In May 2018, Volti will premiere “Chant des Voyelles” by Žibuoklé Martinaityté. We sang her gorgeous “The Blue of Distance” last season and recorded it; it will be on our next CD, to be released in 2019. We’re excited to talk to her about what’s in store for us in the new piece.

VoltiHello, Zibuokle. Can you tell us something about the piece you’re writing for Volti? Are you setting a text, or is this more of a wordless soundscape, or … ? Do you have a title yet? 

 The title of the piece is “Chant des Voyelles” which means a Song of the Vowels or in this case it is rather an Incantation of Vowels. There are no words to be heard but plenty of vowels!

The creative process of this piece has taken many turns. As I was trying to choose a text, at first I wanted to settle on a specific language. Continuously living in two languages – my native Lithuanian and English, I had an unresolved ambiguity about the choice of language for the piece. Reading through various texts I came across the writer Jhumpa Lahiri who being a remarkable English speaker decided to write a book in a new language – Italian. In her book “In Other Words” there is a quote that encompassed this inner state that I could relate to “When you live in a country where your own language is considered foreign, you can feel a continuous sense of estrangement. You speak a secret, unknown language, lacking any correspondence to the environment. An absence that creates a distance within you.”

Coming from this perspective I was considering to include both languages in the piece. Then I realized that whatever language I was going to use – it would be a translation of some sort, either for me or for the listeners and singers. I was aiming for something more direct, a communication that goes beyond words and supersedes them, a communication that can be understood by everyone. That’s how I came to vowels thinking how they are almost the very first sounds we make when we attempt to speak as babies.

VoltiHow do you find inspiration for a new piece?

In the autumn of 2017, I was at a creative residency at the Pocantico Center, which is located at the Rockefeller estate Kykuit near New York City. There among a rich collection of outdoor sculptures, I encountered a work by the cubist sculptor Jacques Lipchitz called “Chant des Voyelles”. It was titled after an Egyptian prayer composed only of vowels that was designed to subdue the forces of nature. Further research showed that many ancient traditions (Egyptians, Greeks and Tibetans) ascribed sacred, mystical and healing powers and significance to vowels. The details might vary in different traditions, yet it is clear that something miraculous happens through the very act of prolonged repetition of certain vowels – whether in the form of a mantra or prayer or as a self-healing ritual. Also each vowel in elongation stimulates an appearance of particular overtones of the natural harmonic series. I wanted to experiment with subtly shifting, sometimes barely audible clouds of overtones resulting from the sustaining of certain vowels in multiple voices.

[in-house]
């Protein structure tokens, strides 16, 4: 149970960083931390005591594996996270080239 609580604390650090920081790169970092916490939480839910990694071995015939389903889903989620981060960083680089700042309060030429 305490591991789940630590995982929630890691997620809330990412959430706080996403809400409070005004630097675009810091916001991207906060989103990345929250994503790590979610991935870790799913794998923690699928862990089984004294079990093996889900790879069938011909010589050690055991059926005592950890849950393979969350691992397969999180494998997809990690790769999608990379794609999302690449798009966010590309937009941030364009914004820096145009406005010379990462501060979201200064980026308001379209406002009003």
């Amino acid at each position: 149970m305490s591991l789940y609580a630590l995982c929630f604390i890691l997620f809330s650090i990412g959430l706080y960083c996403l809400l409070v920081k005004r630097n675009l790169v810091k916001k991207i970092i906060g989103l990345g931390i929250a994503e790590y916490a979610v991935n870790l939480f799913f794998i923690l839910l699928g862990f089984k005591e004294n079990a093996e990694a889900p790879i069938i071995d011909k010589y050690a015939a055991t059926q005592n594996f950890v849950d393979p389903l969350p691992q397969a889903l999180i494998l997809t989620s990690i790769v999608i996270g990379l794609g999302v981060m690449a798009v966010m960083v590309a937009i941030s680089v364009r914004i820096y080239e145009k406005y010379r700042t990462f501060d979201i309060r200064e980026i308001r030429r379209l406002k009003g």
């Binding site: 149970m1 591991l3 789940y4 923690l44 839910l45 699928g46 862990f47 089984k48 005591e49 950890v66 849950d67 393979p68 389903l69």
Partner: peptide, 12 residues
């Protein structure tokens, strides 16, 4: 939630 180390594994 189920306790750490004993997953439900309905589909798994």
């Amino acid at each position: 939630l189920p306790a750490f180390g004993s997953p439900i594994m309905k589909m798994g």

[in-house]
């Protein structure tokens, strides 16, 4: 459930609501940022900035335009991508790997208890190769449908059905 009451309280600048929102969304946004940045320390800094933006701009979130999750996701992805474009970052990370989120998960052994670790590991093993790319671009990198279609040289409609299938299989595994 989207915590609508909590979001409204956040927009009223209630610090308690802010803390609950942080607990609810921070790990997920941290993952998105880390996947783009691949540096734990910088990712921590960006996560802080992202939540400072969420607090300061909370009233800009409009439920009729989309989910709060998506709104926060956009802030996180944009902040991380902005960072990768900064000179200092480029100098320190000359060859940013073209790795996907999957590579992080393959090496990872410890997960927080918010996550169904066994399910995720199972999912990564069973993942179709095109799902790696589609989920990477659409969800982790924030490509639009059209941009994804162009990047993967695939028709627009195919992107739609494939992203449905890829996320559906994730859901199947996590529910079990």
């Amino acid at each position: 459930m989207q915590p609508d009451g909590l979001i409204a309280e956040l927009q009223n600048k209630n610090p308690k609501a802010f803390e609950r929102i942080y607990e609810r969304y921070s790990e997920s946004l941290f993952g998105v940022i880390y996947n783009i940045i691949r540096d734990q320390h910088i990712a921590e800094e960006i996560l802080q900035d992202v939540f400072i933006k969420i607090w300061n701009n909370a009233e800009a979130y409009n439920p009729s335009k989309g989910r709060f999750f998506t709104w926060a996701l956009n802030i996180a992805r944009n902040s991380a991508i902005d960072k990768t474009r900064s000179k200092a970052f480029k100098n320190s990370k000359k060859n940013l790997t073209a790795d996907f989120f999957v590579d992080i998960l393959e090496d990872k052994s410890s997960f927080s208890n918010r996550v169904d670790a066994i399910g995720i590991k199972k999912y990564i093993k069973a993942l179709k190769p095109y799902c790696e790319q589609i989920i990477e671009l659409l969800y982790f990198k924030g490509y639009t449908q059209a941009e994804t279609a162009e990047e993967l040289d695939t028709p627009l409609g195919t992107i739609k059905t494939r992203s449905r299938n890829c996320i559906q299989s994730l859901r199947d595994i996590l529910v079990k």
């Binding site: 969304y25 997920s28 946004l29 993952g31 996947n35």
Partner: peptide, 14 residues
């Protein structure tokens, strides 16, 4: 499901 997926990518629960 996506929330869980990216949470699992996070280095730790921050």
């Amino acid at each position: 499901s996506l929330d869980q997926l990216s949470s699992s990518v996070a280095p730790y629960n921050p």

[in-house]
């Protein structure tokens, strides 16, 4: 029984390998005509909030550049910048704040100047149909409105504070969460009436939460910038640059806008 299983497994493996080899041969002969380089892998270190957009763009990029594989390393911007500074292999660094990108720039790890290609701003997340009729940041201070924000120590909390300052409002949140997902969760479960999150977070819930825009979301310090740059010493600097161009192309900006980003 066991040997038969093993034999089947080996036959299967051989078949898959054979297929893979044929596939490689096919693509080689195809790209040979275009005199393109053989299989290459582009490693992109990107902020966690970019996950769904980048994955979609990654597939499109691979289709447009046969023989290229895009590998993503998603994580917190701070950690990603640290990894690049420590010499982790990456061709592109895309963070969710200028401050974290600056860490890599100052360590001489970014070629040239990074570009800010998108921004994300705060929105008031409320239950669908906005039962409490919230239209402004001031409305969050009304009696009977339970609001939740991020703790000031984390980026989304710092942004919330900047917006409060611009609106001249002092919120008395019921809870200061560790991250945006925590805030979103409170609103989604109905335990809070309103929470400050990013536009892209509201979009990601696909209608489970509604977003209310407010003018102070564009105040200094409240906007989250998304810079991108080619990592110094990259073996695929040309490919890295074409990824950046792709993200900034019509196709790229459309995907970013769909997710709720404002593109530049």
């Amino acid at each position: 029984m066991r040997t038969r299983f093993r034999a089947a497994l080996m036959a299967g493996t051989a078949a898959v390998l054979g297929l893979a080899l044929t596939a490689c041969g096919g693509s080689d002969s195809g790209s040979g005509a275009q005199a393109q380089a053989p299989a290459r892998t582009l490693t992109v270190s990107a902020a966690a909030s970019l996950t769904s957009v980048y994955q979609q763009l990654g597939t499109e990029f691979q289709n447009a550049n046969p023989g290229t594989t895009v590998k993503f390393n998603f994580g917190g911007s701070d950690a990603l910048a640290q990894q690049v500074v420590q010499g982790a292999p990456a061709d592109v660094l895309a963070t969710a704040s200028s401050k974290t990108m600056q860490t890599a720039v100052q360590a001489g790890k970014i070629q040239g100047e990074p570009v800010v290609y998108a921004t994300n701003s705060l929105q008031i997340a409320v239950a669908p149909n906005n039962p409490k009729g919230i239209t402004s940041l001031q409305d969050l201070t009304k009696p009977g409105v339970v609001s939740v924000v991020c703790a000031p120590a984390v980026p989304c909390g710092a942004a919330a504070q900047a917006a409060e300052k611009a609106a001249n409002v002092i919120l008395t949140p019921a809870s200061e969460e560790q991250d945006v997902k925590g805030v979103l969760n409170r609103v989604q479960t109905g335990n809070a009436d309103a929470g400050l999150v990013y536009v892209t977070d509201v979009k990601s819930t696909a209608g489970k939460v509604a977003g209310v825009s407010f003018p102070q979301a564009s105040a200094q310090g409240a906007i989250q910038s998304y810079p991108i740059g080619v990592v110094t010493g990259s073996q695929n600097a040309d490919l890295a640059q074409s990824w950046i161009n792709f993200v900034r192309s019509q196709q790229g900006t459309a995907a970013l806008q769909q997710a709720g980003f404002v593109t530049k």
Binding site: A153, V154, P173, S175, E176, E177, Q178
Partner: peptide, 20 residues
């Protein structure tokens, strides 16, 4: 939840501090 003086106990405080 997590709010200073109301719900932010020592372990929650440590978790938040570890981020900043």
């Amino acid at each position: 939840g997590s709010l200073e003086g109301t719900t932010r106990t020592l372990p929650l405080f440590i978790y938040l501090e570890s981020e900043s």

All these thoughts were present when composing the piece. I worked with vowels dedicating an entire section to one single vowel and then also mixing them up in various densities. I have yet to find out together with the singers and listeners what effects these vowels might have.

 VoltiAre there particular challenges, or particular pleasures, in writing for a group of voices rather than a group of instruments? 

Through many years of listening I discovered that even the most dissonant chord can sound quite plausible when being sung by human voices whereas the same chord might be a bit discordant when played by some instruments. So the pleasure of writing for voices comes from knowing that everything you compose will have an added dimension of human and even spiritual warmth. Voices are truly magical instruments yet they pose some challenges as well. One of them is to remember that singers need to breathe from time to time:)) The phrasing of a musical thought has to account for that.

— and a follow-up, is there anything particular about writing for Volti, working with Bob and this particular group of singers? 

When I heard Volti perform my choral piece “The Blue Of Distance” I was moved to tears – there was an unparalleled perfection of pitch, which is extremely important for me because of the utmost focus on the harmony. To hear the piece exactly as you wrote it – this doesn’t happen very often in a composer’s life. In addition to the wonderful collection of voices, I think it has a lot to do with the conductor. Bob dissects the score to minute details and immerses himself completely into that world. No technical challenge in the score can throw him off. He handles everything with patience and spends as much time as needed to achieve what’s written in the score. When I watched him work with the group, I had a feeling that he himself was the composer of the piece! In other words, his accuracy of both the score and its emotional content is something truly convincing. As I was writing this new piece for Volti, I knew that I will be understood and my intentions will be carried out through Bob’s articulate guidance.

Volti: What music of any genre do you listen to or enjoying hearing in concert?

I love going to concerts and listening to live music, mostly classical. The genre matters less than the quality of the music itself as well as the performance. There are performers who make you anticipate each upcoming sound, who pull you in completely from the very first note. That can happen in any genre.

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